Behold: The Macaroon!
If there is a pizza cognition theory, there is undoubtedly a cookie cognition theory too. And if there is a cookie cognition theory, mine would inevitably place the classic Italian pitzel front and center. Buttery, slightly sweet, and with a strong taste of anise and eggs, the pitzels ol’ Grandma Nettina made on that Cold War era machine were half the reason for getting up on Christmas morning (the other half, of course, being a buttload of presents delivered by Santa himself, aka ol’ Grandpa Nettina).
My childhood was filled with other cookie encounters, of course, but they usually revolved around chocolate chip or Oreo variants, and seldom ever included anything that failed to include butter, chocolate, or some kind of cream filling. And if they did – for instance, Grandma’s rum balls – they were unquestionably ‘adult’ cookies, surely the work of old people on diets who had lost their taste buds, sanity, or – God forbid – their teeth.
Looking back on a childhood filled with the kinds of conceptions of foods that would make Tommy Pickles look like a regular Jay Rayner, I can identify that at some point I placed the macaroon on the list of ‘adult’ cookies not to be trifled with. Even as I aged, and my father began what would become a yearly obsession with perfecting Sarah Foster’s Macaroon recipe, I remained tied to my childhood conceptions of ‘exotic’ cookies, in the process convincing myself I not only disliked coconut, but playing the role of Ebenezer Scrooge when it came to my family’s Christmastime baking habits.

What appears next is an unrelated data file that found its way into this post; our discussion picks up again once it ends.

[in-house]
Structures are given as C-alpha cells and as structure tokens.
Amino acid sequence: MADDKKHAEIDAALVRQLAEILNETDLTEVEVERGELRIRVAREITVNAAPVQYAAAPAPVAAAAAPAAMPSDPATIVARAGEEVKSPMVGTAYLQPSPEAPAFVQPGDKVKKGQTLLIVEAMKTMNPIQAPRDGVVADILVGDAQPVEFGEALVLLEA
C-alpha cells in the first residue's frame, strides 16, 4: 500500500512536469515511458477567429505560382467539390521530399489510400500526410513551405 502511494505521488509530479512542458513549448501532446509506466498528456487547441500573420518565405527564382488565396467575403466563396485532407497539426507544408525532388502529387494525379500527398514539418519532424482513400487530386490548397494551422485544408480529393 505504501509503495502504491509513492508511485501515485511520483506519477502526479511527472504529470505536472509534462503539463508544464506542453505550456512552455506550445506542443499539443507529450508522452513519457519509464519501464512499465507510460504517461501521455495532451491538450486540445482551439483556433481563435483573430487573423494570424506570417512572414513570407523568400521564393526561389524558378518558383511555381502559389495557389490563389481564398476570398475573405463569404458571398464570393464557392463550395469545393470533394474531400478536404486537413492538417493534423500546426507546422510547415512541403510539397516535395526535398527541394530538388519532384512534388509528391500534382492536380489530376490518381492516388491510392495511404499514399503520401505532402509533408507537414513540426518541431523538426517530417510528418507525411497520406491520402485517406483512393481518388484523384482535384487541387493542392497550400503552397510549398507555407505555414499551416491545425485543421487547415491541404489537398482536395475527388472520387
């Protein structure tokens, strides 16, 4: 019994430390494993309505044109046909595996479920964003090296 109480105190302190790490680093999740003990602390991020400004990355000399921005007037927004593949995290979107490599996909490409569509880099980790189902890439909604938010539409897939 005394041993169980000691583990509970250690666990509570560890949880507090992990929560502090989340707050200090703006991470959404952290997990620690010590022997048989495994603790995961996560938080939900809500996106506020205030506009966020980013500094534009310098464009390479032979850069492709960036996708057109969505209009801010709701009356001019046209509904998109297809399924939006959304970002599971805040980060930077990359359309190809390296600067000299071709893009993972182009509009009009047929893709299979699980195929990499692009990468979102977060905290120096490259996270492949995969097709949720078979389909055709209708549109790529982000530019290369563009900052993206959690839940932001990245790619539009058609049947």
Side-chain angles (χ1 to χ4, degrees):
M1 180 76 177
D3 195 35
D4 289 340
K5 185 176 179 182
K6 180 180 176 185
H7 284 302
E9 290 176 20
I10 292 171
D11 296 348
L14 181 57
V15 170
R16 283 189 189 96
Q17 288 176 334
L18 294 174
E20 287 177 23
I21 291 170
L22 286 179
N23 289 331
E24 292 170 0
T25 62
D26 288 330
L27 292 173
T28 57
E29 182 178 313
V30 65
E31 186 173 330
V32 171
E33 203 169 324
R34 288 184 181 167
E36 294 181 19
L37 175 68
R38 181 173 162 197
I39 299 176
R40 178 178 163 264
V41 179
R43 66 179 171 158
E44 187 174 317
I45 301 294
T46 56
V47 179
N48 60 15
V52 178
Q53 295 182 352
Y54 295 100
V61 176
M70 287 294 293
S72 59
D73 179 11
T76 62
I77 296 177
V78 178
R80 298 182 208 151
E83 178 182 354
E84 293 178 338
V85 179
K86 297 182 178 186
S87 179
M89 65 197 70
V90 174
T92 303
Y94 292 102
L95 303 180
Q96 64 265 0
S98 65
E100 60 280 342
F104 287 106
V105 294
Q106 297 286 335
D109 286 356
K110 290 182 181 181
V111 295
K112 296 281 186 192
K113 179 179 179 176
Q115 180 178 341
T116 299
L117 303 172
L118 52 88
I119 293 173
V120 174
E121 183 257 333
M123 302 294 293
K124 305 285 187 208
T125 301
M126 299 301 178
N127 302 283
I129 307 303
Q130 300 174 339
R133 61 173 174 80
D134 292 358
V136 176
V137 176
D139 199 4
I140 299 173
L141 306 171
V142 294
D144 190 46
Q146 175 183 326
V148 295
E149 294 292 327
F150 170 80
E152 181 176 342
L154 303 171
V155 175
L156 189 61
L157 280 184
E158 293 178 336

Well bah humbug to me, because a macaroon is a beautiful thing. Case in point, the Two-Bite brand cookies they sell at a number of grocery stores, including Whole Foods. Now, to be fair, these aren’t the Sarah Foster kind of gigantic, richly sweet macaroons that my father makes. His rendition – which I finally allowed to guide my Christmas cookie tasting odyssey this past Holiday season – is damn good, but these Two-Bite cookies are remarkable for something you can get in the store.
With a chewy, grainy texture that allows you to suck up the floral notes of the toasted anise in every bite, their bright taste and crispy outside texture create a delicate and crispy crumb that will leave you wishing you had a smaller mouth and/or more restraint. Oh well, I guess that’s why they sell them by the tub.